Holy Guacamole! Tiny Bug Threatens U.S. Avocado Supply
California’s epic drought isn’t the only thing putting a chip in your guacamole dip supply. Now a tiny but deadly beetle looms as another big threat in a state that grows 95 percent of the United States’ avocados.
Farmers already had been abandoning their groves in San Diego County—the nation’s avocado capital—as water rates soared. For those still in business, a mysterious new pest that recently began attacking a range of trees seems to have a particular affinity for avocados.
“We’ve found that the beetle is drawn to 138 tree species, and it attacks 13 agricultural crops, but it can only reproduce on avocado trees,” said Akif Eskalen, a plant pathologist with the University of California, Riverside. “Why, we don’t know.”
That has the California Avocado Commission worried. The trade group has given $800,000 to Eskalen and other researchers to figure out how to stop the polyphagous shot hole borer.
The beetle is no bigger than a sesame seed, but the damage it can wreak is huge. And scary.
It’s so new to the U.S. that entomologists at first struggled to identify it. But what really worries them is that the beetle seems to target perfectly healthy trees, not sick ones, and it doesn’t leave the tree until it’s completely destroyed.
“This is the first time we’ve found it in such a large scale in Southern California, in commercial groves,” Eskalen said.
About 40 percent of California’s avocado crop is grown in San Diego County, according to the California Avocado Commission.
“We don’t know what kind of damage it can do, how soon it will kill the plant, or how it spreads,” Eskalen said. “We’re also trying to find out how we can control it.” Related Kiss Your Guacamole Good-Bye: Drought-Stricken California Farmers Stop Growing Avocados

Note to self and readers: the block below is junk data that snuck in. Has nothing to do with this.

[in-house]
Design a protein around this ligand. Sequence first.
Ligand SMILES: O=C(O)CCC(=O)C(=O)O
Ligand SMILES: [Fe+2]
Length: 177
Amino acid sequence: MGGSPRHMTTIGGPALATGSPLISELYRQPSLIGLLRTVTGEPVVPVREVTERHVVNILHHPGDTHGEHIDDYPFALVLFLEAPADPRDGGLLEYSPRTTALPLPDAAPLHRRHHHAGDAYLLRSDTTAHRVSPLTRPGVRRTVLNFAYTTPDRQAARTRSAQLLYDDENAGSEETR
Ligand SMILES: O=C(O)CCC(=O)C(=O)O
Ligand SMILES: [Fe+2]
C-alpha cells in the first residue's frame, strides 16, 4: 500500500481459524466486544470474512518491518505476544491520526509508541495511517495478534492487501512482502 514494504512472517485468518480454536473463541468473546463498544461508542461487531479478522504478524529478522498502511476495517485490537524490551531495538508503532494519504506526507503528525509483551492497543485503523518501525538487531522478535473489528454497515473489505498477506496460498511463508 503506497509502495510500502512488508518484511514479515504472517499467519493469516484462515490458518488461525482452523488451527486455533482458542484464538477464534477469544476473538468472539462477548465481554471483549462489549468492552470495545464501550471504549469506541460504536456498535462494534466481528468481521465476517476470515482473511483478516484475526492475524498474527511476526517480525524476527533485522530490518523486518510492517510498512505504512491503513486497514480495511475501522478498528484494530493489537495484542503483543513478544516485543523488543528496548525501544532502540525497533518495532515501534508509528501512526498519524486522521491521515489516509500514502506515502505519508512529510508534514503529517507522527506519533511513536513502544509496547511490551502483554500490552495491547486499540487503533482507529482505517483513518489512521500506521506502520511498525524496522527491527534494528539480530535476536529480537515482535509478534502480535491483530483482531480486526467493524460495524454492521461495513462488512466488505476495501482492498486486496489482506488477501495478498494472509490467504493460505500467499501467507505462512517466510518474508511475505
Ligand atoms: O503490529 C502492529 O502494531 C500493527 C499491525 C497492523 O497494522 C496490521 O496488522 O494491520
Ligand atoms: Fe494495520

Avocado trees on about 1,000 acres in San Diego have been infected in just a few months. That represents 5 percent of the county’s avocado groves. Researchers expect those trees to die, based on what happened in Israel when the beetle invaded groves in that country.
The tiny creature is a crafty enemy.
True to its name, the shot borer drills tunnels deep into the heart of the host tree and sows fungus spores as it travels. The beetle feeds on the fungus, which ultimately kills the tree. Because the pest hides inside the tree, it has proved largely impervious to pesticides.
The beetle was first found in an avocado tree in a residential backyard, prompting efforts to educate homeowners about the invasion to stem its spread.
“Homeowners may not know to identify the beetle. They may cut it down and dump the tree someplace, and the beetle can spread that way,” said Timothy Spann, a plant biologist and the California Avocado Commission’s research program director. “So part of our effort is educating the landscaping industry, the nursery men and other stakeholders, to make sure it doesn’t spread because of human action.”